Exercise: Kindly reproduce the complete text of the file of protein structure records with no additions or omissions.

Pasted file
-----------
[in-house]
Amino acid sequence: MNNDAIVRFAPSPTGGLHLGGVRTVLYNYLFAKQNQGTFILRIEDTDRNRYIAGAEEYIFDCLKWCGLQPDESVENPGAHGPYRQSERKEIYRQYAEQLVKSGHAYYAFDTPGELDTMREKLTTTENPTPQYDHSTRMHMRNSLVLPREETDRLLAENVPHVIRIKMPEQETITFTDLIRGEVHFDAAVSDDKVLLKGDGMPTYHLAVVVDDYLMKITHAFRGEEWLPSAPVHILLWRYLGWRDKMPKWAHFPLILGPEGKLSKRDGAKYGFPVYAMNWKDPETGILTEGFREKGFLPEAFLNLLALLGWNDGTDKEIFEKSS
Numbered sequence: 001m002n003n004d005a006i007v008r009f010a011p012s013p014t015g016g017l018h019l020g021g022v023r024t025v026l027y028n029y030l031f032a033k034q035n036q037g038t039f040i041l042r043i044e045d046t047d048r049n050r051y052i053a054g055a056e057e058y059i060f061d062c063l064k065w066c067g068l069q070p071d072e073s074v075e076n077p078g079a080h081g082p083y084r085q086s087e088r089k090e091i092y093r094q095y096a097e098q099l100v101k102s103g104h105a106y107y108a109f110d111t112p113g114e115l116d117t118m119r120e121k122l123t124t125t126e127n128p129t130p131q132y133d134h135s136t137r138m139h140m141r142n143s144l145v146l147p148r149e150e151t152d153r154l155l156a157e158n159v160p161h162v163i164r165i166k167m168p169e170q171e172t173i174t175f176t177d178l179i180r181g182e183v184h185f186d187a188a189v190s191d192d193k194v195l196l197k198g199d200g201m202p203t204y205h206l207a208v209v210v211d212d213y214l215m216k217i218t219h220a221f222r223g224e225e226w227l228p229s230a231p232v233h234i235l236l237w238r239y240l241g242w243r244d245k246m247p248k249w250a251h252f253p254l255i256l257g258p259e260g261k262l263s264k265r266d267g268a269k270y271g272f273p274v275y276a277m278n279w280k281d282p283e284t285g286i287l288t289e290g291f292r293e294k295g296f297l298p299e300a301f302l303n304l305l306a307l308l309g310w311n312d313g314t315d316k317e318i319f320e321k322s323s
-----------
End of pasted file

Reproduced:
[in-house]
Amino acid sequence: MNNDAIVRFAPSPTGGLHLGGVRTVLYNYLFAKQNQGTFILRIEDTDRNRYIAGAEEYIFDCLKWCGLQPDESVENPGAHGPYRQSERKEIYRQYAEQLVKSGHAYYAFDTPGELDTMREKLTTTENPTPQYDHSTRMHMRNSLVLPREETDRLLAENVPHVIRIKMPEQETITFTDLIRGEVHFDAAVSDDKVLLKGDGMPTYHLAVVVDDYLMKITHAFRGEEWLPSAPVHILLWRYLGWRDKMPKWAHFPLILGPEGKLSKRDGAKYGFPVYAMNWKDPETGILTEGFREKGFLPEAFLNLLALLGWNDGTDKEIFEKSS
Numbered sequence: 001m002n003n004d005a006i007v008r009f010a011p012s013p014t015g016g017l018h019l020g021g022v023r024t025v026l027y028n029y030l031f032a033k034q035n036q037g038t039f040i041l042r043i044e045d046t047d048r049n050r051y052i053a054g055a056e057e058y059i060f061d062c063l064k065w066c067g068l069q070p071d072e073s074v075e076n077p078g079a080h081g082p083y084r085q086s087e088r089k090e091i092y093r094q095y096a097e098q099l100v101k102s103g104h105a106y107y108a109f110d111t112p113g114e115l116d117t118m119r120e121k122l123t124t125t126e127n128p129t130p131q132y133d134h135s136t137r138m139h140m141r142n143s144l145v146l147p148r149e150e151t152d153r154l155l156a157e158n159v160p161h162v163i164r165i166k167m168p169e170q171e172t173i174t175f176t177d178l179i180r181g182e183v184h185f186d187a188a189v190s191d192d193k194v195l196l197k198g199d200g201m202p203t204y205h206l207a208v209v210v211d212d213y214l215m216k217i218t219h220a221f222r223g224e225e226w227l228p229s230a231p232v233h234i235l236l237w238r239y240l241g242w243r244d245k246m247p248k249w250a251h252f253p254l255i256l257g258p259e260g261k262l263s264k265r266d267g268a269k270y271g272f273p274v275y276a277m278n279w280k281d282p283e284t285g286i287l288t289e290g291f292r293e294k295g296f297l298p299e300a301f302l303n304l305l306a307l308l309g310w311n312d313g314t315d316k317e318i319f320e321k322s323s